Pregnant pause: SA’s declining birth rate

South Australia’s birth rate has continued to decline and is the equal second-lowest in the nation, with women holding off longer before having children.

Jul 25, 2022, updated Jul 25, 2022
File image: Yui Mok/PA Wire

File image: Yui Mok/PA Wire

A report by the Australian Institute of Health and Welfare finds that South Australia’s birth rate has dropped from 61 per 1000 women in 2010, to 55 per 1000 women in 2020.

Only Victoria, which dropped from 64 down to 54 births per 1000 women, is lower.

New South Wales is equal with South Australia, with all states and territories recording a decline in birth rates. The Northern Territory – which has the nation’s highest – also dropped from 72 to 65 births per 1000 women.

Deanna Eldridge, the head of the Perinatal Data Unit at the Australian Institute of Health and Welfare, told InDaily the national trend was primarily driven by women waiting longer to have children.

“The average age of all mothers has gradually and consistently increased over time – from 30 years in 2010 to 30.9 years in 2020,” she said.

“This pattern is even more pronounced for first-time mothers, increasing from 28.3 years in 2010 to 29.6 years in 2020. Generally speaking, having children later in life leads to fewer children.”

The data shows South Australian women are waiting longer to start families, with the average age of a mother now 30.7 years.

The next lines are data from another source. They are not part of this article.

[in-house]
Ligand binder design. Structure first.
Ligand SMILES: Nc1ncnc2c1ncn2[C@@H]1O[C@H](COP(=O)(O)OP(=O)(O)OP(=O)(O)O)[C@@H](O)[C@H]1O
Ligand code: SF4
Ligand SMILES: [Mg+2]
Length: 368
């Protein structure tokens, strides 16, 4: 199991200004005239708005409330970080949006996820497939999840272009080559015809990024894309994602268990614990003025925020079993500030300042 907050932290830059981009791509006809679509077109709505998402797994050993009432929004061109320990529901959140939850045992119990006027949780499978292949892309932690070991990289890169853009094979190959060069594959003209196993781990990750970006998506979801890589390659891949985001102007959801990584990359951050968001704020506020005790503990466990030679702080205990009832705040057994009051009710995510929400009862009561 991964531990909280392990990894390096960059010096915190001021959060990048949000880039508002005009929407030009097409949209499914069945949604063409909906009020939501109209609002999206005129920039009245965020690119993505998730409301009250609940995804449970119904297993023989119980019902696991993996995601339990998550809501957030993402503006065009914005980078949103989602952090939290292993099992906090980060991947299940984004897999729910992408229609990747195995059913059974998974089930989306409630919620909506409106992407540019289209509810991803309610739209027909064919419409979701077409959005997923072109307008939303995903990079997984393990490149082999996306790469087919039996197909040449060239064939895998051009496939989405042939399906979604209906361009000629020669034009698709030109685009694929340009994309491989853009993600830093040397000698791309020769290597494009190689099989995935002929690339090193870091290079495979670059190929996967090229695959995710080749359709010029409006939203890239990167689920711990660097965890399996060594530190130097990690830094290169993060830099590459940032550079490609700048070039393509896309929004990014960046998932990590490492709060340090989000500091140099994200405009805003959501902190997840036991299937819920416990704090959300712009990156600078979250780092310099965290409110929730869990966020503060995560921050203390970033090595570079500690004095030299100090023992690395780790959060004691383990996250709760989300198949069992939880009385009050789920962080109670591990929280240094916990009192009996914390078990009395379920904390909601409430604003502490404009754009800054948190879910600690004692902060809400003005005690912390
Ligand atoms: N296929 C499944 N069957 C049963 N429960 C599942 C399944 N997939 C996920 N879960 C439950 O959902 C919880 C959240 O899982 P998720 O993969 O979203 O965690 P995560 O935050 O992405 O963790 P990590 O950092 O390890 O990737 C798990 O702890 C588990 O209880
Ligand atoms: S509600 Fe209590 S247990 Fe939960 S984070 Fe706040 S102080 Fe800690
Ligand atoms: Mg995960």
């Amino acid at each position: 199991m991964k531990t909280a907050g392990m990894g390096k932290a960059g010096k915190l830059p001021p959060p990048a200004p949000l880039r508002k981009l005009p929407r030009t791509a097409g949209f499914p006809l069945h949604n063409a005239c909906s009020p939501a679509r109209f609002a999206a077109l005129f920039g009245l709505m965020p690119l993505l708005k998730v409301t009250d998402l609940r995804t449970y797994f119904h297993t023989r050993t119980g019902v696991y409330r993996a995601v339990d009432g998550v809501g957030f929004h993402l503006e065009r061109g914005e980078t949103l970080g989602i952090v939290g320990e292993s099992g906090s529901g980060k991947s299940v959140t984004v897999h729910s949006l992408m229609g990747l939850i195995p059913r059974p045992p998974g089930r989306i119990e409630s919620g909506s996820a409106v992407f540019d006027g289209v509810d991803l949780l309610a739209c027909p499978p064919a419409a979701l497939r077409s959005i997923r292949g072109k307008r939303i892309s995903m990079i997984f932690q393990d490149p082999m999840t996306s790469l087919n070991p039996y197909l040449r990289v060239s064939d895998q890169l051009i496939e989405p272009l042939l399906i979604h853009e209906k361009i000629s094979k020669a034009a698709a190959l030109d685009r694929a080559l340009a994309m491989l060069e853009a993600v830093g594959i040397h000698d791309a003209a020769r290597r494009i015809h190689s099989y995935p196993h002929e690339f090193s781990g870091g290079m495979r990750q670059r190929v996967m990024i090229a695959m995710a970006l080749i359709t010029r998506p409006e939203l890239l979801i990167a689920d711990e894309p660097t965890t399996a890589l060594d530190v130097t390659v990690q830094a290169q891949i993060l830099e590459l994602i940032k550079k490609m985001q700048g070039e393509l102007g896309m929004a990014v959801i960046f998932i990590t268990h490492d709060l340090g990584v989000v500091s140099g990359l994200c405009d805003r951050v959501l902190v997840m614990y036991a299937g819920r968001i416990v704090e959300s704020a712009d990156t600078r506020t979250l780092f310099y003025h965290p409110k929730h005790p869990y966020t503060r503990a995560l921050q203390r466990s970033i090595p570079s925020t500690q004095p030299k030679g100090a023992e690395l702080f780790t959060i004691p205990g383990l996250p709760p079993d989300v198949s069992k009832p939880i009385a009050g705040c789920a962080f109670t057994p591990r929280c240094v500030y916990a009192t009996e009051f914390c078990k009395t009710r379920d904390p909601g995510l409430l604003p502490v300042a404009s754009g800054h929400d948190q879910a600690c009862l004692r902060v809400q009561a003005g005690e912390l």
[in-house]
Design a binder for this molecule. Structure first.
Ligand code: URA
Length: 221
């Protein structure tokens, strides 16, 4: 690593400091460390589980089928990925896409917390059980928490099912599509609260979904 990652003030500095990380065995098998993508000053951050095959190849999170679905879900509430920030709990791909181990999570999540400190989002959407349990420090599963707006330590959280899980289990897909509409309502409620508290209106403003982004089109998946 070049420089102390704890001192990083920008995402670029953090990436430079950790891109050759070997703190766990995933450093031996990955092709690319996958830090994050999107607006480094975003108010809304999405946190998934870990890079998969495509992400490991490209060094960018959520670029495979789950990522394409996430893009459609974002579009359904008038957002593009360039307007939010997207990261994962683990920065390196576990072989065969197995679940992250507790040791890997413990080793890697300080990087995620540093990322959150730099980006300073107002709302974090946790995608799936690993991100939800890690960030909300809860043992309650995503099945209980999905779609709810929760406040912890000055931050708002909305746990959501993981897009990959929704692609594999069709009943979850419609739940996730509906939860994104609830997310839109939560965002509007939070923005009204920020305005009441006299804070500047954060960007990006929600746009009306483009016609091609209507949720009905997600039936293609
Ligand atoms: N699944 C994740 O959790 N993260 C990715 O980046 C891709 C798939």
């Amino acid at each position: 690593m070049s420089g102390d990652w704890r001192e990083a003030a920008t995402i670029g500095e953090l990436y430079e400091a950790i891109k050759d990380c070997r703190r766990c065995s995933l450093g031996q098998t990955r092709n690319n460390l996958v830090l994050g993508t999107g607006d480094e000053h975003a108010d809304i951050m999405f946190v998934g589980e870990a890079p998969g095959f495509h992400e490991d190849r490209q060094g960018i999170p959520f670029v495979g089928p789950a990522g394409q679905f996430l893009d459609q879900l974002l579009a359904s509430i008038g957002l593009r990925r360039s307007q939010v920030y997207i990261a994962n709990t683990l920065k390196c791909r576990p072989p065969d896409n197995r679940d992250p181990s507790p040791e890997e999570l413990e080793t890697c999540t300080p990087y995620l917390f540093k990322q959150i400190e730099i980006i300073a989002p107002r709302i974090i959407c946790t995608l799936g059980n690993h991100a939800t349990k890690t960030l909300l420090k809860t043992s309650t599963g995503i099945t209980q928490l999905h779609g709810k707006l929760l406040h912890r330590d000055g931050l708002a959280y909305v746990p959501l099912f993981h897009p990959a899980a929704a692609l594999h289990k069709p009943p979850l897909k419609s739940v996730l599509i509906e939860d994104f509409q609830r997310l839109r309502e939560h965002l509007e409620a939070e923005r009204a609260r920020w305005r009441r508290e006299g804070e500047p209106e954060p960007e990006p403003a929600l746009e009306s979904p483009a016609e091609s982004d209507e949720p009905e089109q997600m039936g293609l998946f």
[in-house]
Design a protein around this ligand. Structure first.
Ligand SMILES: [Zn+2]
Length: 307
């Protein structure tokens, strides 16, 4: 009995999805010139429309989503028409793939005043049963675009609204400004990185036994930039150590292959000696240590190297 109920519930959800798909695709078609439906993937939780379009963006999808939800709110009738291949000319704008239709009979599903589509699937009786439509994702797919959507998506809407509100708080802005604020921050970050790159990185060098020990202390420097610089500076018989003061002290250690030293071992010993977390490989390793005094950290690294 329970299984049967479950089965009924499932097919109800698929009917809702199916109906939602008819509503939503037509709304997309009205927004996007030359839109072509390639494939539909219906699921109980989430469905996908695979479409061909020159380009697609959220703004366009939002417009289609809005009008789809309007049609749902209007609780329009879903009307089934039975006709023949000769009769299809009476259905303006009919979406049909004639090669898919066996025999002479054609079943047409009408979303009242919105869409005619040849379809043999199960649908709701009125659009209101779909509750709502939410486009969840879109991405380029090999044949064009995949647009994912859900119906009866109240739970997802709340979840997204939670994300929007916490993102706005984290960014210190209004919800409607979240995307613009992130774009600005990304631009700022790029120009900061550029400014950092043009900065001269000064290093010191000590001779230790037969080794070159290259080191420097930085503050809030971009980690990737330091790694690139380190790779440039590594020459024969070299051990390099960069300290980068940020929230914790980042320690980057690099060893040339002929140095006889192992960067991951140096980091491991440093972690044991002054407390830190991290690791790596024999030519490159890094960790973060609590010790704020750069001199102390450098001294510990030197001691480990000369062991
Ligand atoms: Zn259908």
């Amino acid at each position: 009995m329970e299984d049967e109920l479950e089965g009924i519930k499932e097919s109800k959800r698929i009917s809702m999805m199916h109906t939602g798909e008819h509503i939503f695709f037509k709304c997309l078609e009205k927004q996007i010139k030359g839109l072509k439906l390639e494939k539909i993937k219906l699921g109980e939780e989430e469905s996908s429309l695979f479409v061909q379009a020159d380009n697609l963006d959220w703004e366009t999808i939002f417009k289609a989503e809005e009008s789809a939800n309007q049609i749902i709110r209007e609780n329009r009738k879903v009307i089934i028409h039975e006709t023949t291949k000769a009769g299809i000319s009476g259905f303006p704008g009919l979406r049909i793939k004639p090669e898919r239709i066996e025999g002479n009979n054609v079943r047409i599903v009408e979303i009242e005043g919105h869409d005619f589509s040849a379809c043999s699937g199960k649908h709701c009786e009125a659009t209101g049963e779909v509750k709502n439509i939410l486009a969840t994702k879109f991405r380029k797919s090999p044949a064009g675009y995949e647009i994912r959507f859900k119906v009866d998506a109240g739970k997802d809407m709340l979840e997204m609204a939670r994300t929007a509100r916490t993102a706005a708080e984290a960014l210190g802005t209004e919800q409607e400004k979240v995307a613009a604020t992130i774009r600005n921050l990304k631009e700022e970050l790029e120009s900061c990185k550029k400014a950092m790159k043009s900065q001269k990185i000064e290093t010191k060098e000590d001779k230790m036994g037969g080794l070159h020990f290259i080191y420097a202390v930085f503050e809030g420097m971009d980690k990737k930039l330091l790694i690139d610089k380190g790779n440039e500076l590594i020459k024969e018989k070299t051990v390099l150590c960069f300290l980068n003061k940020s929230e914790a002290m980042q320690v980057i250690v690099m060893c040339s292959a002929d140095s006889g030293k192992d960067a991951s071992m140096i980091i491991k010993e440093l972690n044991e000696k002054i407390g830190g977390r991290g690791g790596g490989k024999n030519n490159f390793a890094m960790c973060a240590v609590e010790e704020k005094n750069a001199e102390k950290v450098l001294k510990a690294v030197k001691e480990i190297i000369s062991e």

The proportion of mothers under the age of 20 dropped from four per cent in 2010 down to 1.8 per cent, while those aged 20-24 dropped from 15 per cent down to 10.4 per cent.

The trend was reversed for older age groups, with the proportion of mothers aged 30-34 rising from 30.8 per cent to 36.7 per cent, and those aged 35-39 rising from 16.8 per cent to 19.7 per cent.

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Eldridge noted that South Australians were more likely to access antenatal care early in the pregnancy.

“South Australia has very high levels of mothers accessing antenatal care in the first trimester and attending five or more antenatal visits (85 per cent and 97 per cent in 2020, respectively),” she said.

This sits above the national average of 79 per cent of women accessing antenatal care in the first trimester, and 97 per cent of mothers attending 5 or more antenatal visits.

Eldridge said that although the data includes the first babies born during the pandemic, most of the demographic impact is yet to be seen.

“This is our first year of data on babies born during the pandemic, but most babies conceived in 2020 were born in 2021, and it will be really important to monitor the data in future years for any flow on effects from pandemic,” she said.

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